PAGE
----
logout

Store Research

Assembly Bill 1887 (Vicencia 1975)

Chapter 547, Statutes of 1975 - AB 1887

Some bill research does not include the Governor's file because at the time we researched the bill, the sitting Governor had not released his chaptered bill file. If the Governor's file is not included with this particular research, please contact our office (1-800-666-1917 or quote@legintent.com) and we will be happy to provide this file at no charge if it is available.

Sections relating to petroleum from the Business and Professions Code were affected in 1975 following legislative passage of Assembly Bill 1887.  (See Exhibit #1e)  This bill was introduced on April 17, 1975 by Assembly member Frank Vicencia at the request of the Department of Food and Agriculture.  (See Exhibits #1a and #9, document PE-4)  At this time, Assembly member Vicencia served as chair of the Southern California Regional Transportation Subcommittee.  (See Exhibit #9, document PE-5)

Assembly Bill 1887 was assigned to the Assembly Committee on Energy and Diminishing Materials and the Senate Committee on Business and Professions where policy issues raised by the bill were considered.  (See Exhibits #3 and #4)  Three amendments were made to Assembly Bill 1887.  (See Exhibits #1b through #1d and #2)  Subsequent to legislative approval, Governor Edmund G. Brown, Jr., signed the bill on September 5, 1975 and it was recorded by the Secretary of State on September 6th as Chapter 547 of the Statutes of 1975.  (See Exhibits #1e and #2)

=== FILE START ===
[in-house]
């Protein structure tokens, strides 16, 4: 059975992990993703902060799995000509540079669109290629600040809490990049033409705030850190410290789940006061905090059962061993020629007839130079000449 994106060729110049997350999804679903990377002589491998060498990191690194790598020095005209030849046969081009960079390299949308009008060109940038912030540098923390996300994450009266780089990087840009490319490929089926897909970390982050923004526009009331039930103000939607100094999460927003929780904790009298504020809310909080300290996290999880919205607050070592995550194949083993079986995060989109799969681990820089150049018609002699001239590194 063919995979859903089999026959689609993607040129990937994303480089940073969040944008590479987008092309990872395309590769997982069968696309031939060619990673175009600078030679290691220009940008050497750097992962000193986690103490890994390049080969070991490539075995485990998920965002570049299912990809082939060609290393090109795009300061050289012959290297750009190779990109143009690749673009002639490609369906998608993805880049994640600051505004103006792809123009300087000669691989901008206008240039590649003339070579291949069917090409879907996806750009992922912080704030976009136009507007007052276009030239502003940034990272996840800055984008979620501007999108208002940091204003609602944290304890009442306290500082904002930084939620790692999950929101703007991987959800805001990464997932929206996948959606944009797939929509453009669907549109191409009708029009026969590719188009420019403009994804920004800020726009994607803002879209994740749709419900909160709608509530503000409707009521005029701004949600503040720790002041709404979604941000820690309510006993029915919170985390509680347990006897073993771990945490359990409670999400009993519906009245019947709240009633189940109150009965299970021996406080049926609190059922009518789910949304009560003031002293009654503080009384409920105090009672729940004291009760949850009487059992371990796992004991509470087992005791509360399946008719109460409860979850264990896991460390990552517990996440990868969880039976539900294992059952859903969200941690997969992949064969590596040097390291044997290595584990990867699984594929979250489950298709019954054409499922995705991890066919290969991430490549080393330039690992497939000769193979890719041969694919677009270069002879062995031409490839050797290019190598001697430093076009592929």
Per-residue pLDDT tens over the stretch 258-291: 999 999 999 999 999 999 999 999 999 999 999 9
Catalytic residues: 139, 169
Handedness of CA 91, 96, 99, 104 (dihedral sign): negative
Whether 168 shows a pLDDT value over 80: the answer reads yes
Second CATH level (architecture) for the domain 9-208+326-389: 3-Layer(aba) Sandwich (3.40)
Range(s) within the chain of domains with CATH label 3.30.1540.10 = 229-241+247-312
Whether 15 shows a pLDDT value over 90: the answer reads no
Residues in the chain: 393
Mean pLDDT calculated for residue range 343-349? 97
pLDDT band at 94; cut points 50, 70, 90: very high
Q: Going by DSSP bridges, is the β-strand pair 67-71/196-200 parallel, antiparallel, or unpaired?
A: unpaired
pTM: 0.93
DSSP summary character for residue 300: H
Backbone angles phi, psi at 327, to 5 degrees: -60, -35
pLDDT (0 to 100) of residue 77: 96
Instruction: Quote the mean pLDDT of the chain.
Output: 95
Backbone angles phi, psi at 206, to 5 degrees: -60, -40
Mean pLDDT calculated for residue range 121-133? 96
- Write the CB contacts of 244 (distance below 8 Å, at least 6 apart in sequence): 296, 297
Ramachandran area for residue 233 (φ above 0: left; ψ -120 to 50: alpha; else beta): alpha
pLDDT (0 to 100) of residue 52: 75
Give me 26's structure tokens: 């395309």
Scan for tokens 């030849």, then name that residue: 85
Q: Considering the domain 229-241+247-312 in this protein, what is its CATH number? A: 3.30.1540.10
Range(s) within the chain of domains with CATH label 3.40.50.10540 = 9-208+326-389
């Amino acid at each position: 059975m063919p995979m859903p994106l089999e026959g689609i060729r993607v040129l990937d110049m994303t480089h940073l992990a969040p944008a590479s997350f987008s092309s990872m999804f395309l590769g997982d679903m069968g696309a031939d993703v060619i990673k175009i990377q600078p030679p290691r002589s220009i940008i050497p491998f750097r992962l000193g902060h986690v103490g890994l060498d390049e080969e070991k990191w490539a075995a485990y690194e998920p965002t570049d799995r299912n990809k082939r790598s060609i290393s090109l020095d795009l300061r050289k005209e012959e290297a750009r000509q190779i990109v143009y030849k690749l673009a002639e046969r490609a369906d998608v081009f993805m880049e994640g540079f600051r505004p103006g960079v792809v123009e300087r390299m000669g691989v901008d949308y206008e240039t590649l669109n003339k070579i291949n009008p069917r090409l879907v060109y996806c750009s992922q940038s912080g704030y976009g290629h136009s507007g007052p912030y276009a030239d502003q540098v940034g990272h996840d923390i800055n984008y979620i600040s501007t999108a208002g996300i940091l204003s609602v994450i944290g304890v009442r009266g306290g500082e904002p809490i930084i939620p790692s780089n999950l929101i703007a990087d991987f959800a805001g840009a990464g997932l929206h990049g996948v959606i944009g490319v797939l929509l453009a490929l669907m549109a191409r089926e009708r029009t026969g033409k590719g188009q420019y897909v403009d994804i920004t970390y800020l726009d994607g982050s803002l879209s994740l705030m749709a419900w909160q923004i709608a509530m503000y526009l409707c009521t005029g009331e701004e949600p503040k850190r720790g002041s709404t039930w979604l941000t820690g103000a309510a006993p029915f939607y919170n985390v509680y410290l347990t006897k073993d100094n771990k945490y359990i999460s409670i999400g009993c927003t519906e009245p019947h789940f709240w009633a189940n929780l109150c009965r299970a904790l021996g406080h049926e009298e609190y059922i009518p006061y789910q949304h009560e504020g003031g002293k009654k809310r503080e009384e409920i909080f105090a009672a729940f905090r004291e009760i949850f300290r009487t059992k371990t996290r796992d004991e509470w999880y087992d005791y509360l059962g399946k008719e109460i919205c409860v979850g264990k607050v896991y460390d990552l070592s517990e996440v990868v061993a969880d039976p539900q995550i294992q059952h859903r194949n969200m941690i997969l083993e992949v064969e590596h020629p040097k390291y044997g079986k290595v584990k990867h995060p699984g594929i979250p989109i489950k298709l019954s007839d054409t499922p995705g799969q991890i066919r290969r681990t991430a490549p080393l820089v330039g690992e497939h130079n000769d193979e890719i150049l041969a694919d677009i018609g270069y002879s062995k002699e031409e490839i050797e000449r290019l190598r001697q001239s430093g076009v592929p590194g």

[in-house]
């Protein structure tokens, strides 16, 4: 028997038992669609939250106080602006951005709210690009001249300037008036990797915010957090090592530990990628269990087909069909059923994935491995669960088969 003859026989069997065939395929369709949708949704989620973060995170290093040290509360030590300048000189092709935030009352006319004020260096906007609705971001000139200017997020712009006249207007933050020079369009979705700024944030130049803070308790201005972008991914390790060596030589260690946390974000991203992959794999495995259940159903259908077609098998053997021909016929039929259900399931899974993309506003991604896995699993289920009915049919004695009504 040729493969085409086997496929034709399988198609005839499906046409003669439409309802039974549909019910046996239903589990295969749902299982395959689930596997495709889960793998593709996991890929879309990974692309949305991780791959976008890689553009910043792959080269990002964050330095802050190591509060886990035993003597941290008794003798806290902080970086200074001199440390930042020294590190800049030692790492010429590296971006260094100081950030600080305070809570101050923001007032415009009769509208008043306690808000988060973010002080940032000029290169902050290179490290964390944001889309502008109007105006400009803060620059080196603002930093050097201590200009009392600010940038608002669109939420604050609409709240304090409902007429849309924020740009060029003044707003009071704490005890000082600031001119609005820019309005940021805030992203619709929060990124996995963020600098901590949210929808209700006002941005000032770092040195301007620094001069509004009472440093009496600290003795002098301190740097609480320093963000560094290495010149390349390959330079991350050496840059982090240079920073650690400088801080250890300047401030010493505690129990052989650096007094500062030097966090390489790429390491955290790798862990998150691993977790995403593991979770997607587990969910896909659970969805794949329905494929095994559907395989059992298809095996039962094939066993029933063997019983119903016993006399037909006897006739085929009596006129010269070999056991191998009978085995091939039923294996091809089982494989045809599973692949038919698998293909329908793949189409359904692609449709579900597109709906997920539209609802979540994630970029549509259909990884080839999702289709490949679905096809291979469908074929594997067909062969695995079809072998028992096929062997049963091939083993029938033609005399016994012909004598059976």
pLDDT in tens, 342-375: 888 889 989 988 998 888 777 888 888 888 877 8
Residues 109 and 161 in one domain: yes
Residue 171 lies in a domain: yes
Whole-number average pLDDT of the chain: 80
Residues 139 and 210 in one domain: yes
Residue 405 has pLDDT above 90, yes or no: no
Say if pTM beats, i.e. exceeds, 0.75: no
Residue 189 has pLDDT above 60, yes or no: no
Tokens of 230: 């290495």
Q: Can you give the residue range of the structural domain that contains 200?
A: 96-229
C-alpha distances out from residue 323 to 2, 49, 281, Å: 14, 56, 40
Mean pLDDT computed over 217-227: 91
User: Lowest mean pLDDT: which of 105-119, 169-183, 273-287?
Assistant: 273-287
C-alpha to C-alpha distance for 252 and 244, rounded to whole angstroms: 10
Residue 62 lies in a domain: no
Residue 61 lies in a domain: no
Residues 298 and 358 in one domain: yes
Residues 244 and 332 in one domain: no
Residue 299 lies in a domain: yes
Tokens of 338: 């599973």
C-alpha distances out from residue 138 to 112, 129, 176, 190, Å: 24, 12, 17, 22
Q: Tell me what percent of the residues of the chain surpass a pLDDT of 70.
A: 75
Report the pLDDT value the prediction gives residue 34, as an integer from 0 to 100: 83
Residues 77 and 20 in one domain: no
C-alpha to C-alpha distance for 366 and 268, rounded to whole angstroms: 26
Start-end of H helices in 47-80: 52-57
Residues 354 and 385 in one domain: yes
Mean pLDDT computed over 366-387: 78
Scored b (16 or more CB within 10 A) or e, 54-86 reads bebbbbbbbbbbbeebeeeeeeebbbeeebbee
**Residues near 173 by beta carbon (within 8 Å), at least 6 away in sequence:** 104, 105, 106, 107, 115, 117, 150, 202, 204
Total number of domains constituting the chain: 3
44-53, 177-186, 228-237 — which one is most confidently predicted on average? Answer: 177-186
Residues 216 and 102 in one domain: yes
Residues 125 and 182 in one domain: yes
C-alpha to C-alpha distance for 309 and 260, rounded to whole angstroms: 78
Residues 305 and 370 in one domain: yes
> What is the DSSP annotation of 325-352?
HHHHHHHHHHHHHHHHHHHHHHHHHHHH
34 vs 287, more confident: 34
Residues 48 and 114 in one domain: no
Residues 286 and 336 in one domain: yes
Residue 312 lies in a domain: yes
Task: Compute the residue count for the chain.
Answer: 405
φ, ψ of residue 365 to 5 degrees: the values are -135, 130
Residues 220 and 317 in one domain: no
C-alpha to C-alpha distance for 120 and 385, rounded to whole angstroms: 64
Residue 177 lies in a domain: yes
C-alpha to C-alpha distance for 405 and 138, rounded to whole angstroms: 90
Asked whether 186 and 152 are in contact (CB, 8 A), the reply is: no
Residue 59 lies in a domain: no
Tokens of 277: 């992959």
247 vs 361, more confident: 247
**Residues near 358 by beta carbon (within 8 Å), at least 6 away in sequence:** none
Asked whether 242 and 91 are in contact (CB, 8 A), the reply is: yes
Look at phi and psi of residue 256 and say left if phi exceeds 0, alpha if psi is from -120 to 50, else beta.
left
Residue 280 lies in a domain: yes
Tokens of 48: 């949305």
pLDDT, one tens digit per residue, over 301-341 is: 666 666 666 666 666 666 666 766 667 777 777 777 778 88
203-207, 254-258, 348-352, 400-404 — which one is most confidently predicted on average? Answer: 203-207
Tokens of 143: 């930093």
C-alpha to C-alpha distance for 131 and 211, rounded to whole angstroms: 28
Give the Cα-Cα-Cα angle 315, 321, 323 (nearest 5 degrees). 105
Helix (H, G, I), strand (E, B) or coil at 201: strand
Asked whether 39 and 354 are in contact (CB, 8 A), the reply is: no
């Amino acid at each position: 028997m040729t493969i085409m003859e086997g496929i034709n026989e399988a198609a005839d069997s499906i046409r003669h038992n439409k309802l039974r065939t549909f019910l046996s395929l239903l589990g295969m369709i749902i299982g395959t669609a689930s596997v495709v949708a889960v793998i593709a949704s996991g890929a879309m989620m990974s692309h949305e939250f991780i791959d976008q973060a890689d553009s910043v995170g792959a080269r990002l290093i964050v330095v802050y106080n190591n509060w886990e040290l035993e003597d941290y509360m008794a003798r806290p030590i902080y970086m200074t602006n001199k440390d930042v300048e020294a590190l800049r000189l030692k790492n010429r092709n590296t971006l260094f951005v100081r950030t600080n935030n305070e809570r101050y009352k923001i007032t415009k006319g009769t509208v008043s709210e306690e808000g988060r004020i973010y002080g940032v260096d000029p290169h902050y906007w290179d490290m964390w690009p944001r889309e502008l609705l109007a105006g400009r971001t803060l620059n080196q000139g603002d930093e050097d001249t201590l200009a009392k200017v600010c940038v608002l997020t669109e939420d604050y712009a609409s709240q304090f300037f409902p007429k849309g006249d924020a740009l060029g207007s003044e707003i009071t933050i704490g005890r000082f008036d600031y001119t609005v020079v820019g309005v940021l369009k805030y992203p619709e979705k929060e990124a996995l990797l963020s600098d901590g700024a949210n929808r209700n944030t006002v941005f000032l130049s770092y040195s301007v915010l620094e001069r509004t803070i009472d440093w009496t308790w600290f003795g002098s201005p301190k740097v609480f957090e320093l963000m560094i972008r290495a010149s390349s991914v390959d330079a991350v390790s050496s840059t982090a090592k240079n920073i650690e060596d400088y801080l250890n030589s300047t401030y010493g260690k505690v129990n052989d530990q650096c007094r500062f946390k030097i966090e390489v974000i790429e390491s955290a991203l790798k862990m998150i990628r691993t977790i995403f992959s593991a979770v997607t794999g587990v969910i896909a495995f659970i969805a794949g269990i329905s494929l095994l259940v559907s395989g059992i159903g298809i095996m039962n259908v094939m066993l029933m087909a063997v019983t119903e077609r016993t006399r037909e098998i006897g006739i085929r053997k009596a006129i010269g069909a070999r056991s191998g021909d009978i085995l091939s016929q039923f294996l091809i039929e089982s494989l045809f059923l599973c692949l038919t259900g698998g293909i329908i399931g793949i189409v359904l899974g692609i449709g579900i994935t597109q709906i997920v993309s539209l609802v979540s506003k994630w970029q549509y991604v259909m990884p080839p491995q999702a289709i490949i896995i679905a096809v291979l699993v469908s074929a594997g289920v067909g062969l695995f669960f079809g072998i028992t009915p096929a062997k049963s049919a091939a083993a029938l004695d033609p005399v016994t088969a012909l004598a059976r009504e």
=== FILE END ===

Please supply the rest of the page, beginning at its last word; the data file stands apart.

The Senate Republican Caucus analysis described Assembly Bill 1887 as last amended as follows:

1.         Redefines “octane number” or “antiknock index” to

conform to new ASTM standards of testing.

 

2.         Consolidates sale price on gasoline pump to include

in a base price all sales taxes (rather than have to disclose sales tax rate and basis on gasoline pump).

 

3.         Requires the posting of octane numbers or

antiknock index at the order of any federal agency rather than at the order of the Federal Trade Commission. . . .

 

4.         Requires the grade designation of gasoline to

accompany any price advertising of gasoline in addition to the trade name or brand name of the gasoline.

 

5.         Revises the size of numerals of price sign

advertising of gasoline and specifies other advertising procedures as they relate to the price signs.

(See Exhibit #7)